buying time, meeting ends…

Now that we’re over the spendthrift euphoria of securing a very respectable full-time salary (a rare thing indeed here deepest mid-Wales), a cursory look at our bank balance has revealed some unsavoury truths.

– The ends don’t seem to meet.

Admittedly, we haven’t been working to a budget but we’re not exactly last of the big spenders either. Our biggest monthly outgoing? Food. This is no surprise, but because we buy in bulk, cook from scratch and waste almost nothing, I’d been working on the basis that there must therefore be no wastage in our food budget.

Not so it seems.

It appears we need to almost half our monthly food spend… Where to begin? What shape will our new ‘budget’ lifestyle take? Are we really forced into the ‘Tesco Value’ corner? …or can we improvise creatively on an organic diet that consists predominantly of carrots and potatoes? (Until we manage to grow our own, that is).

We feel poised on the brink of ethical sell-out and it’s clearly about far more than food. We wince as we weigh up possible compromises – short term ethical ‘transgressions’ for the greater good of long term sustainability goals: organic wholefoods vs. external wall insulation, organic mattresses vs. established organic vegetable beds, homemade clothes vs. solar panels, stockpiling useful materials, bulk buys, homemade preserves vs. the cost of building an extension… We’re being forced to recognize that even within this exceptional rural community, time is money and every choice comes with a price tag.  It’s all a big juggle: the demands of aforementioned fulltime post, money we might pay others to speed our energy descent, the potential financial savings of DIY building and maintenance vs. the astronomic cost in terms of family sustainability/sanity, supporting local businesses vs. cheap ethical internet suppliers, local resilience vs. sustaining personal ethics… and on and on… It seems an unsolvable riddle, a double-bind of aspirations and reality.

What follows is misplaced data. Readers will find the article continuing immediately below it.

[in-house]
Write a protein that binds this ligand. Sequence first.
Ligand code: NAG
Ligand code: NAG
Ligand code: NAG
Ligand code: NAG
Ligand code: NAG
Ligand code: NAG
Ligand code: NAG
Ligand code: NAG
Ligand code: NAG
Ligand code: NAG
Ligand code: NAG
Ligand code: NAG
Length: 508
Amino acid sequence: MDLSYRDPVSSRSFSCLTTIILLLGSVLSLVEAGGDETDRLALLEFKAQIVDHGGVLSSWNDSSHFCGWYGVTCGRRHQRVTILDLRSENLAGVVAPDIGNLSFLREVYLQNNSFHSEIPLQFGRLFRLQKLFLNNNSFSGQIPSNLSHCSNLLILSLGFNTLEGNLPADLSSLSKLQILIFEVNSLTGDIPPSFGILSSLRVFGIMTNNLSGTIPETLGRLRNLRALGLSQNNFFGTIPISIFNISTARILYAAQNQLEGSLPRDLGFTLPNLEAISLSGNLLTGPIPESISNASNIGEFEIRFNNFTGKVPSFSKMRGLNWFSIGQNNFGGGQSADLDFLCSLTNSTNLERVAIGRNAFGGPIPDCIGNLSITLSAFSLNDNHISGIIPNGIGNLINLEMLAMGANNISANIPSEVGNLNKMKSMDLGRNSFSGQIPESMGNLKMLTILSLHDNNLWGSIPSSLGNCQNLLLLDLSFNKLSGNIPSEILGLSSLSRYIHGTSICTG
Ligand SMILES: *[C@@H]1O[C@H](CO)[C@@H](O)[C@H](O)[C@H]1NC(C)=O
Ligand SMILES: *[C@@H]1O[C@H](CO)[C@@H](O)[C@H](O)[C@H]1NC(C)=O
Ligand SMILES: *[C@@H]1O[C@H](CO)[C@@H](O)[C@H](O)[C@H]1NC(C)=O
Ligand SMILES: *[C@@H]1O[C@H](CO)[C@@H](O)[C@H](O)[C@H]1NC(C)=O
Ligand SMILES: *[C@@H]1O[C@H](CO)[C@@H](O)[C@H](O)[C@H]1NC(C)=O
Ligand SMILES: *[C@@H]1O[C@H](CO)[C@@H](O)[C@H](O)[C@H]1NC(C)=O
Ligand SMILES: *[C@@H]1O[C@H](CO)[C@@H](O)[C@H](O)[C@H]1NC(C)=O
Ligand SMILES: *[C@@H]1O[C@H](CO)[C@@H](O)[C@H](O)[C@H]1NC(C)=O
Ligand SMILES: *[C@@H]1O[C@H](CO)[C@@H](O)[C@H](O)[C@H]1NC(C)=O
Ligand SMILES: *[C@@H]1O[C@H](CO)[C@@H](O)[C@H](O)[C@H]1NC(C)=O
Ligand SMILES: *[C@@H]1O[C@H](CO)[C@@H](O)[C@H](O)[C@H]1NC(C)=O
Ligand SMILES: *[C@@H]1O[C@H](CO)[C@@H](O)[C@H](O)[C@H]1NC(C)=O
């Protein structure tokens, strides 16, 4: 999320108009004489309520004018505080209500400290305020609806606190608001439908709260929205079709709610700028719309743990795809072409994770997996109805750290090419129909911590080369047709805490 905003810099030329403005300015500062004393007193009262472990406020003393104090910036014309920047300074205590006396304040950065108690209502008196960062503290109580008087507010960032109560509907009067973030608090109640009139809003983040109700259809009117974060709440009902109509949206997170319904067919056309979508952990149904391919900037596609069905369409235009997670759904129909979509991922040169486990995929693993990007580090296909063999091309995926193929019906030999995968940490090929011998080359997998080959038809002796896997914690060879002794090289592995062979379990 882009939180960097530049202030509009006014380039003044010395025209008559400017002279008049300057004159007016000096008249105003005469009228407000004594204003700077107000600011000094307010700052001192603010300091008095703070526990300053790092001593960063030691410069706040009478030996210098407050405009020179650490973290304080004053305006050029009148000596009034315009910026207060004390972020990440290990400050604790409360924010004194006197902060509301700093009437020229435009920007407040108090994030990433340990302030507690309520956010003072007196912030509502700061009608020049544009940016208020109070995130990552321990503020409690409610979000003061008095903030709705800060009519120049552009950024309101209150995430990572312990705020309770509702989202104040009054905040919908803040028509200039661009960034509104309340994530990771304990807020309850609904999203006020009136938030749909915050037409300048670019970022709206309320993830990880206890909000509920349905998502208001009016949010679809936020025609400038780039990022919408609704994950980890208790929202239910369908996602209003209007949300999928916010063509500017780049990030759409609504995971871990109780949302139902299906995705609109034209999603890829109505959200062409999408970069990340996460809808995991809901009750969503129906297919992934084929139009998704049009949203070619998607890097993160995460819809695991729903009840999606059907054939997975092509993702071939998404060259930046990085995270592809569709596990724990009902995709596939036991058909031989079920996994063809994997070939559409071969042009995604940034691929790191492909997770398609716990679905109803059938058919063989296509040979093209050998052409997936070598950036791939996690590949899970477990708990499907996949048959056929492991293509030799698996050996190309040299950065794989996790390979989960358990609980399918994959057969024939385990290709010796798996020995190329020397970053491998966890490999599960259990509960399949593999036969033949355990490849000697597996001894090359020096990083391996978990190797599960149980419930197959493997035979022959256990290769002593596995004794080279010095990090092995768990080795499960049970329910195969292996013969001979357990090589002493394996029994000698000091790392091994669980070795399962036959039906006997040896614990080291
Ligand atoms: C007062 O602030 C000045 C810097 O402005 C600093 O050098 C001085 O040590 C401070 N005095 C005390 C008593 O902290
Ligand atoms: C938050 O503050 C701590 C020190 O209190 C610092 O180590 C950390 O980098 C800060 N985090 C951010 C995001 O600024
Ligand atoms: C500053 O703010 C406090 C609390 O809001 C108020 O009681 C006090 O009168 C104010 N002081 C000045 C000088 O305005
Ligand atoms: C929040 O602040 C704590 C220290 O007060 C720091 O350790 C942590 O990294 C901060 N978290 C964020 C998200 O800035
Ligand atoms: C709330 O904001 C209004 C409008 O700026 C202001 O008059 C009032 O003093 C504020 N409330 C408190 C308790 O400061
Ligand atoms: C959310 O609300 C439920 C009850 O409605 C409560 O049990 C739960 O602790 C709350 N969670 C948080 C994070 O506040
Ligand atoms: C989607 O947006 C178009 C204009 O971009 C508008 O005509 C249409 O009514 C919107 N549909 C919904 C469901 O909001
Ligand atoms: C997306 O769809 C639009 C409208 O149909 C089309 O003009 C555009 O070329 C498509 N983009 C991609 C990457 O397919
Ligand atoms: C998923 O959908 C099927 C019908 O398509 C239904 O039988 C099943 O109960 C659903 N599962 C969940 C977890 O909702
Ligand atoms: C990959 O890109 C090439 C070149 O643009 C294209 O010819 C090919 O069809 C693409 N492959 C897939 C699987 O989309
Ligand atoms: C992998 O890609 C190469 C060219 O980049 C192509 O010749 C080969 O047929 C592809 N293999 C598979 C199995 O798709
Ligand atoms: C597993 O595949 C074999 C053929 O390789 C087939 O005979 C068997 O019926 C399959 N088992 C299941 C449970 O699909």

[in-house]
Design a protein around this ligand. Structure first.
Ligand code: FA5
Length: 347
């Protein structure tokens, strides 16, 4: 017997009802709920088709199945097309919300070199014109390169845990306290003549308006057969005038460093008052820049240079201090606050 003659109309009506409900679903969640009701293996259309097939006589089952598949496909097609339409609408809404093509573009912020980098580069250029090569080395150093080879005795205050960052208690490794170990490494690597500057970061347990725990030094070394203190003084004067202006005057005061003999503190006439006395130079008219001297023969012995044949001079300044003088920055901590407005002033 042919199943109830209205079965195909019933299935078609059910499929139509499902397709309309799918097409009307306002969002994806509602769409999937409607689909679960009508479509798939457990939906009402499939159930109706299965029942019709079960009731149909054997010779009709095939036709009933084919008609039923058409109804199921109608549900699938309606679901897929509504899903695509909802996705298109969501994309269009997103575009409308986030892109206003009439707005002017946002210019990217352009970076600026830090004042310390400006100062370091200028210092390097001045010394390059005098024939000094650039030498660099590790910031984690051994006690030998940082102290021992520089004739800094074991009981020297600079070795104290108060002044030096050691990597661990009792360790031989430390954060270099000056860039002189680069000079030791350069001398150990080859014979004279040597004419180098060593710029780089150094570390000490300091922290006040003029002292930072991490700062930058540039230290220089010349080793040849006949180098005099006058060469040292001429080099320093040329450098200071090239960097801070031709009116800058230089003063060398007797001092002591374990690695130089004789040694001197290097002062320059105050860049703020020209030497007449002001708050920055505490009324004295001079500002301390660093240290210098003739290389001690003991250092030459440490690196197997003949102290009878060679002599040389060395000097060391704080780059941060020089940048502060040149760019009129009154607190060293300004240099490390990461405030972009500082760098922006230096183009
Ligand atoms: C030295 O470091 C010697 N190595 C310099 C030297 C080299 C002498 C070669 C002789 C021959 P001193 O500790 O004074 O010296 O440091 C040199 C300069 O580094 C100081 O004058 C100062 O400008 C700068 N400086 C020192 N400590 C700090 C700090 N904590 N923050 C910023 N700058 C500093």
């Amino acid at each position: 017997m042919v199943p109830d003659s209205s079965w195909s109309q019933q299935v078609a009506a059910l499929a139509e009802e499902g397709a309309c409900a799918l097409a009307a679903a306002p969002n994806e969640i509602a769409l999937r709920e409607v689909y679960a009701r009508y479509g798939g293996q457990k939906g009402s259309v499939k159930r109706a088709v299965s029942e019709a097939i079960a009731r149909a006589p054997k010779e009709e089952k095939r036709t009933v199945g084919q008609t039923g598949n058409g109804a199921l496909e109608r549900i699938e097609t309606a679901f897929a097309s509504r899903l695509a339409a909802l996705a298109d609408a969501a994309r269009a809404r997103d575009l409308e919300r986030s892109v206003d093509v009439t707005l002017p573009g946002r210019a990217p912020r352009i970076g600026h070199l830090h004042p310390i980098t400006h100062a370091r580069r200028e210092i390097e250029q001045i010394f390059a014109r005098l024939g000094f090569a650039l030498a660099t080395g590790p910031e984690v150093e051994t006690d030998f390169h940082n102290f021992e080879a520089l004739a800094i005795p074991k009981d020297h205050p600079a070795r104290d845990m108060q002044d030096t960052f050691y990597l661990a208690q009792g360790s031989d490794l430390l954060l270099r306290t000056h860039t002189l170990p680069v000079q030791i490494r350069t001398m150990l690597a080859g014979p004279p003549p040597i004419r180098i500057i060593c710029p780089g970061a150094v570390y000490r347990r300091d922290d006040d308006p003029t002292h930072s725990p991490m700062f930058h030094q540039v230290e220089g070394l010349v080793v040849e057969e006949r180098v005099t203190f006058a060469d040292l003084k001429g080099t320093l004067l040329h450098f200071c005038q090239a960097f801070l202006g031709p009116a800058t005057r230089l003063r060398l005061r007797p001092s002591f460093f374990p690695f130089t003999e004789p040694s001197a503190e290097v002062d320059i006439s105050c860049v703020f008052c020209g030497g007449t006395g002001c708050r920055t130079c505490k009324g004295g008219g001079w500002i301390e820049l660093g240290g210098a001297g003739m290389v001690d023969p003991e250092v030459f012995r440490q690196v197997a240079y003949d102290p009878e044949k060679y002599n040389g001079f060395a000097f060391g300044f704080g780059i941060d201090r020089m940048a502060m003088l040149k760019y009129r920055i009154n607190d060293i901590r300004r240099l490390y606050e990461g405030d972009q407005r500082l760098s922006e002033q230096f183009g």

But the idea of having to afford sustainability surely just doesn’t wash – well, at least not in economic terms. Certainly, for each of us, our particular situation defines what sustainability might mean, but the real challenge lies in choosing how we achieve it, not whether we can. Budgeting is an exercise in checking value beyond the solely monetary. To make sense of our spending we have to examine our own values, their implications, their origins, their relevance to where we are now. That involves looking at our position within the global economy, but also involves turning inwards to check-in with our intrinsic notion of wealth.

For my part, our household budget is an interesting, and challenging, place to be. It is where the ‘outside world’ that my husband deals with in his working day perhaps most tangibly mingles with the home world that he comes back to. It’s important that he and I spend some time there together, recognizing the emotional, financial, temporal, physical, not to mention marital, implications of the way our day-to-day worlds collide.

It is about so much more than money. The common conflation of economic and monetary concerns might recognise the inextricable relationship between home economics and the world of global finance but it fails to recognize those domestic economies that ‘slip under the mattress’, evading interactions of a monetary kind altogether: Favours from family and friends, gift economy, bartering, foraging… spending time with one another rather than buying that precious time with things. It is here, I suspect, that real savings can be made, at least in terms of family value.